In the health care reform season, this seems to be another necessary read. As I have posted before, I think that Dr. Gawande is channeling many of the administration’s views — or at least those views of Mr. Orzag (see December 7, 2009 post). I don’t mean, at all, that Dr. Gawande is taking a lead from the administration or that he is not the intellectual owner of many of the ideas in this article — particularly the analogy in this article with the U.S.D.A. I mean that it seems that he is simpatico with at least some of the administration’s views on health care reform and deserves thoughtful review for that reason.
The article can be summed up with this paragraph:
There are, in human affairs, two kinds of problems: those which are amenable to a technical solution and those which are not. Universal health-care coverage belongs to the first category: you can pick one of several possible solutions, pass a bill, and (allowing for some tinkering around the edges) it will happen. Problems of the second kind [e.g., bending the health care cost curve], by contrast, are never solved, exactly; they are managed. Reforming the agricultural system so that it serves the country’s needs has been a process, involving millions of farmers pursuing their individual interests. This could not happen by fiat. There was no one-time fix. The same goes for reforming the health-care system so that it serves the country’s needs. No nation has escaped the cost problem: the expenditure curves have outpaced inflation around the world. Nobody has found a master switch that you can flip to make the problem go away. If we want to start solving it, we first need to recognize that there is no technical solution.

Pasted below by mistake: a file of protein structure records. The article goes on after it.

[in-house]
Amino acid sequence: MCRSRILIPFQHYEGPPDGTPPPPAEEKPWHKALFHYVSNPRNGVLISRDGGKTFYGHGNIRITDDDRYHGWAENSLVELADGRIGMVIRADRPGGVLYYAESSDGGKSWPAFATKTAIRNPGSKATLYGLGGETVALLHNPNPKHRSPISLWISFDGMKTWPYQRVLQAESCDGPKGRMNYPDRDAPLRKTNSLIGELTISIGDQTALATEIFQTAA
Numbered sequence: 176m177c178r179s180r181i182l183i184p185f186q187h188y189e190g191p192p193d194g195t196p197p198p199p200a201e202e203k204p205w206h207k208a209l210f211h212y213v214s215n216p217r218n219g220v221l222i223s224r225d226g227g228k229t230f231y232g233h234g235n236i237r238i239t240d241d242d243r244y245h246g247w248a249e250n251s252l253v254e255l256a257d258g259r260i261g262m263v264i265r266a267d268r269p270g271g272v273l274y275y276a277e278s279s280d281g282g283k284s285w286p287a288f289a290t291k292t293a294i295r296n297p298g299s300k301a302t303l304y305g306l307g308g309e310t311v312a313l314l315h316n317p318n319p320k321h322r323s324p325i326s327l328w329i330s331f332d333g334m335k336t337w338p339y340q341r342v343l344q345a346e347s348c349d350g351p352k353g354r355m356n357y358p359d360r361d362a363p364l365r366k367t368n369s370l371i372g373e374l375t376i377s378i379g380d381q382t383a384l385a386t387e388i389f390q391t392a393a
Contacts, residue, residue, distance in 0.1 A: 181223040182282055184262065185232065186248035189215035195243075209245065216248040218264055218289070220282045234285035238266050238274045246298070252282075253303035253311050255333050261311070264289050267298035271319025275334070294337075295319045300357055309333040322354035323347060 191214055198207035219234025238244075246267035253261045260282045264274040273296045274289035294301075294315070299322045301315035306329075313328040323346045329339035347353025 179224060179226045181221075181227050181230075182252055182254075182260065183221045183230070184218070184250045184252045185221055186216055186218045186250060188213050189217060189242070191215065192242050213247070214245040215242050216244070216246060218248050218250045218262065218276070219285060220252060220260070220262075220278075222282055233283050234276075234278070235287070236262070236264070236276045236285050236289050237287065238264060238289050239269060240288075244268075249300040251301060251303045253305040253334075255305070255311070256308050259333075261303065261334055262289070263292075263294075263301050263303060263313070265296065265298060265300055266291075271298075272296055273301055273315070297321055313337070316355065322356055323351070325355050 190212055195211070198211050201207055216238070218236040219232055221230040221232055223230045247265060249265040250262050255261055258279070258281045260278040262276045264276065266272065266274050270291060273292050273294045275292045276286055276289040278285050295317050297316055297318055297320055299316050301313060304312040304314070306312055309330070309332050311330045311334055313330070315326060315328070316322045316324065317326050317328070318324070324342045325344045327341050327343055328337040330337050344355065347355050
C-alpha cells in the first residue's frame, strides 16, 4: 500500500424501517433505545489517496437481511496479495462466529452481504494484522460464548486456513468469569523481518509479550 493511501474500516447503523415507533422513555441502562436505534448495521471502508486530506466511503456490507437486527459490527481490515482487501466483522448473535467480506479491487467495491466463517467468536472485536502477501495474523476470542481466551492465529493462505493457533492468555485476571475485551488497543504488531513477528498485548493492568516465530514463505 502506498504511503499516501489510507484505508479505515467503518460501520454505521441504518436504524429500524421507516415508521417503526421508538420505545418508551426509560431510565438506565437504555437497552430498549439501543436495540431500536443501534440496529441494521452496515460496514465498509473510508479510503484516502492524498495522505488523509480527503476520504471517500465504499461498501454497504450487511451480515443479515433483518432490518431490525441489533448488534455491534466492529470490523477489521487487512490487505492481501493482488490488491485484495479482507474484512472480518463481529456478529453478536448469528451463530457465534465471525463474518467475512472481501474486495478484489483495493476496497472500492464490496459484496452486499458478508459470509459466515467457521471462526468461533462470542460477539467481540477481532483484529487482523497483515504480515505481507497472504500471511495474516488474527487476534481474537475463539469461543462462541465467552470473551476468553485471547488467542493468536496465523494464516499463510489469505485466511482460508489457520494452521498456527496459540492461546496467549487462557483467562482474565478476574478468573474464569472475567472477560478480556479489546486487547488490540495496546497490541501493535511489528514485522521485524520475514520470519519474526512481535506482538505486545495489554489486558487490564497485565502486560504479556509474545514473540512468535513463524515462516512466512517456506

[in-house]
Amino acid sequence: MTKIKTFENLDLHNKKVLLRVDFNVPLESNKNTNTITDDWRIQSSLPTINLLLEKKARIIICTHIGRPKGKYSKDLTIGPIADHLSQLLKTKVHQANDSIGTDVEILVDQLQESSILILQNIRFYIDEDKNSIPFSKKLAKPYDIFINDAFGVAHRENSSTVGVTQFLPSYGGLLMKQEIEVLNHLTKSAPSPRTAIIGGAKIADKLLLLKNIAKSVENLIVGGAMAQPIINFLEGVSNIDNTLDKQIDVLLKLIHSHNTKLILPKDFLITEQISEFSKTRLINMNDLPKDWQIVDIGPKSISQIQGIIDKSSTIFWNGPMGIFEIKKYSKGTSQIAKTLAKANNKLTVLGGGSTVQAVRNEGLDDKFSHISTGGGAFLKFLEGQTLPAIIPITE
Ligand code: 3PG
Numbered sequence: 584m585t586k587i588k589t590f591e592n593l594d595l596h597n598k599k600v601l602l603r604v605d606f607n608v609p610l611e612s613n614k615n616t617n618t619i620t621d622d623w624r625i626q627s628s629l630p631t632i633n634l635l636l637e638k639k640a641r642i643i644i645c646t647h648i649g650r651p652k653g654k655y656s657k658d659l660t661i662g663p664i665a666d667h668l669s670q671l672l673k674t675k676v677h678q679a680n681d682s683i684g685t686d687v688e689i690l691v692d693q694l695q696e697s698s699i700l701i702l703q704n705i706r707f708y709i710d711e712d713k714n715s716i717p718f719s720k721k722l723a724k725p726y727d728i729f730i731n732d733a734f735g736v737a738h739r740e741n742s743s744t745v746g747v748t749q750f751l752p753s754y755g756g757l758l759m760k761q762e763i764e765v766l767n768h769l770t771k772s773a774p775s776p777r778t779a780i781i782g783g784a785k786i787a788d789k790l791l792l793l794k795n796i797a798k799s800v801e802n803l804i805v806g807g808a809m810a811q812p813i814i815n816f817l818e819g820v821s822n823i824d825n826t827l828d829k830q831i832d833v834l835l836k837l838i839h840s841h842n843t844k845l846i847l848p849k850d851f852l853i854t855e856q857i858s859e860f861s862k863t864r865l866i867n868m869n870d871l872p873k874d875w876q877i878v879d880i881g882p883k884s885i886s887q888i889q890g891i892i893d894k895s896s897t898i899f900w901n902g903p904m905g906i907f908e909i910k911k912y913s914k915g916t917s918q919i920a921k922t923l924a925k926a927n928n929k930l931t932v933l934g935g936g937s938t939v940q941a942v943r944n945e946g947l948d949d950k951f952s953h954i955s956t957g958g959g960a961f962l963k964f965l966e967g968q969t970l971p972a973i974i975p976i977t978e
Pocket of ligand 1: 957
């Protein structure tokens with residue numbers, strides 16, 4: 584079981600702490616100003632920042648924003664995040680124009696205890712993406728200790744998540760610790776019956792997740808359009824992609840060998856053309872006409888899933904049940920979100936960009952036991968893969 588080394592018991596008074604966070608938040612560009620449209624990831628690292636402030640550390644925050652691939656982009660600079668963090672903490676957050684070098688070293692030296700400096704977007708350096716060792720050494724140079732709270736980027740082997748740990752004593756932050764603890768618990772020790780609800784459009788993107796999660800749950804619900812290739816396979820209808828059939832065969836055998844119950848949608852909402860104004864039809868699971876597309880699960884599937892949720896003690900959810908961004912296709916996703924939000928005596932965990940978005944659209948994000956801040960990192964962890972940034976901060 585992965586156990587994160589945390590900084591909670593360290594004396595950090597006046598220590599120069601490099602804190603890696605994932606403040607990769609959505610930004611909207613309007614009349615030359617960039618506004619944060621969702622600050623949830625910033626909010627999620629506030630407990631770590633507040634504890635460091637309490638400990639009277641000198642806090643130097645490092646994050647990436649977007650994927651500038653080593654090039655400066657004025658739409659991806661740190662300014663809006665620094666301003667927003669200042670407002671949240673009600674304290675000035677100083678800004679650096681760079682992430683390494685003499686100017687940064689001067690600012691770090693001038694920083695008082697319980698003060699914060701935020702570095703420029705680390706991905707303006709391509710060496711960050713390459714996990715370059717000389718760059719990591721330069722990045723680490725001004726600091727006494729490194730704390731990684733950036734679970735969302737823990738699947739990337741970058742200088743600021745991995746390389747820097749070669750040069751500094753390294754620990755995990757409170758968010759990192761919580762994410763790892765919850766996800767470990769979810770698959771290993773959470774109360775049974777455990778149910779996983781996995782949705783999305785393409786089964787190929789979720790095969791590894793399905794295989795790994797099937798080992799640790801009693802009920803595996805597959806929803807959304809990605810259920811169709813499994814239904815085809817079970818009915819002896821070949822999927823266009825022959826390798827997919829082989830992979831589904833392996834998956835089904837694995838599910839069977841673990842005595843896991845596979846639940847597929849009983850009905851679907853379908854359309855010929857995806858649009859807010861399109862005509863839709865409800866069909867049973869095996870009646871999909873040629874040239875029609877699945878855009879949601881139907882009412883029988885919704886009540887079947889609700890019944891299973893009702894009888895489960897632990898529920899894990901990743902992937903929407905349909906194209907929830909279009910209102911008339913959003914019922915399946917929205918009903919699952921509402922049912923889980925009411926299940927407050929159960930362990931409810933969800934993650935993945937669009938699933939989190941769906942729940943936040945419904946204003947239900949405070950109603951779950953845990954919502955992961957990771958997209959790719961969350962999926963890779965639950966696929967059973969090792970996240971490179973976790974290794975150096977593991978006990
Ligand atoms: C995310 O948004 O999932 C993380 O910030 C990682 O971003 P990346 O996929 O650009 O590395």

He’s saying that to bend the curve, significant but micro/local involvement and almost ‘federal’ (in the political sense – giving great authority to subunits to find better solutions) problem solving is necessary. There is no elegant single panacea by legislative fiat to address the problem of escalating health care costs . Ergo, the Senate bill’s reliance on a ‘hodgepodge’ of pilot programs coupled with an agency, the new Medicare advisory commission, that can expand pilots that work, may be an organic and evolving mechanism to ‘manage’ the challenge. This, at least, is the thesis.
Dr. Gawande believes that the U.S.A.D.’s experience is a good analogy to the current health care industry challenges. I’m not convinced of the analogy made here to the U.S.A.D.’s initiatives of early last century (and on to today). It does seem to have some merits, while simplifying the unique economic distortions in the health care market. Individual farmers, once they experienced the production benefits that modern techniques (and access to capital machinery) could yield, had every economic incentive to pursue these. First, because they could make much more crop; second, that if they did not do what their neighbors did, they’d soon be unable to compete as market prices declined. He does make the point that continuing government ‘help’ – particularly to individual farmers with limited resources, continues today.
To make my own metaphor, the farmers’ trucks were stuck in the mud on a downhill slope with the government giving them some assistance to get them out. Once out of the mud’s inertia, the market took over. But query what type of mud the ambulance of health care is stuck in and what’s the grade of the health care market’s hill?
But in any event, given the number of pilot programs and experiments in health care payment and quality measures in both the Senate (see recent amendments proposed by Warner – D Virginia – BNA access only) and the House’s bills, we’re in for an interesting period of experimentation in health care payment systems. As always, those that can quickly react to this change will be in a far better position than their competitor organizations. It will be particularly important, if Dr. Gawande’s vision is correct, for organizations not participating in these pilots to closely monitor them, identifying what seems to be working and plan how to adapt to them if they are put more widely into use.
In any event, a necessary read.